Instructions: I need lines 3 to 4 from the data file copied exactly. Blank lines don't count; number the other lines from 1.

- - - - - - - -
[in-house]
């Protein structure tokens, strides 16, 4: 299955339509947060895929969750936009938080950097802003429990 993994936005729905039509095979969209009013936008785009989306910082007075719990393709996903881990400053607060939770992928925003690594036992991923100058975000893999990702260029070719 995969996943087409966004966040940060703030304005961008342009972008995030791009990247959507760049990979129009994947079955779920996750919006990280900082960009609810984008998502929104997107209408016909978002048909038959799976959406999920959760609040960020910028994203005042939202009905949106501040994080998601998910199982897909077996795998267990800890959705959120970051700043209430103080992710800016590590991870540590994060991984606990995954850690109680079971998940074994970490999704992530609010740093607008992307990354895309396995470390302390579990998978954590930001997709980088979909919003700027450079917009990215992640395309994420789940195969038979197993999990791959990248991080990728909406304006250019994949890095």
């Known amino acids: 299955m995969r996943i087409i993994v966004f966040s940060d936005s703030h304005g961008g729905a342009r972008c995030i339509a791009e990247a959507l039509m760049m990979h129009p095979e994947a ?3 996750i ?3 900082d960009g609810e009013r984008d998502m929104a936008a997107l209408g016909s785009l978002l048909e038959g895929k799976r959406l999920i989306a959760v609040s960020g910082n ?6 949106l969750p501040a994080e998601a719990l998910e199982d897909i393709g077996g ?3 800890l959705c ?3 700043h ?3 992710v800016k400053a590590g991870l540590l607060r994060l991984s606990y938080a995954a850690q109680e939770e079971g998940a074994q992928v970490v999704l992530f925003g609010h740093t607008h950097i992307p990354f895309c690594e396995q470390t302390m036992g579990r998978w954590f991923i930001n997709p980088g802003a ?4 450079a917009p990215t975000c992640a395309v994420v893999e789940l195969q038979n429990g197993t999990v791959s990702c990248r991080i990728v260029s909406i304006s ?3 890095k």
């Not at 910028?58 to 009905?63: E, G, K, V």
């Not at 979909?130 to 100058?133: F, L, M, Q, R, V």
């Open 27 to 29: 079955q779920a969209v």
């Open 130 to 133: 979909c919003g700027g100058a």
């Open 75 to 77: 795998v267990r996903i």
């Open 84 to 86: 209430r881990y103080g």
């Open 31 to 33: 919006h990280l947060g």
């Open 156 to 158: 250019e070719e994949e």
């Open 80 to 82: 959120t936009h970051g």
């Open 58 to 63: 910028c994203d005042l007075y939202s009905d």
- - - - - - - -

């Known amino acids: 299955m995969r996943i087409i993994v966004f966040s940060d936005s703030h304005g961008g729905a342009r972008c995030i339509a791009e990247a959507l039509m760049m990979h129009p095979e994947a ?3 996750i ?3 900082d960009g609810e009013r984008d998502m929104a936008a997107l209408g016909s785009l978002l048909e038959g895929k799976r959406l999920i989306a959760v609040s960020g910082n ?6 949106l969750p501040a994080e998601a719990l998910e199982d897909i393709g077996g ?3 800890l959705c ?3 700043h ?3 992710v800016k400053a590590g991870l540590l607060r994060l991984s606990y938080a995954a850690q109680e939770e079971g998940a074994q992928v970490v999704l992530f925003g609010h740093t607008h950097i992307p990354f895309c690594e396995q470390t302390m036992g579990r998978w954590f991923i930001n997709p980088g802003a ?4 450079a917009p990215t975000c992640a395309v994420v893999e789940l195969q038979n429990g197993t999990v791959s990702c990248r991080i990728v260029s909406i304006s ?3 890095k």
């Not at 910028?58 to 009905?63: E, G, K, V």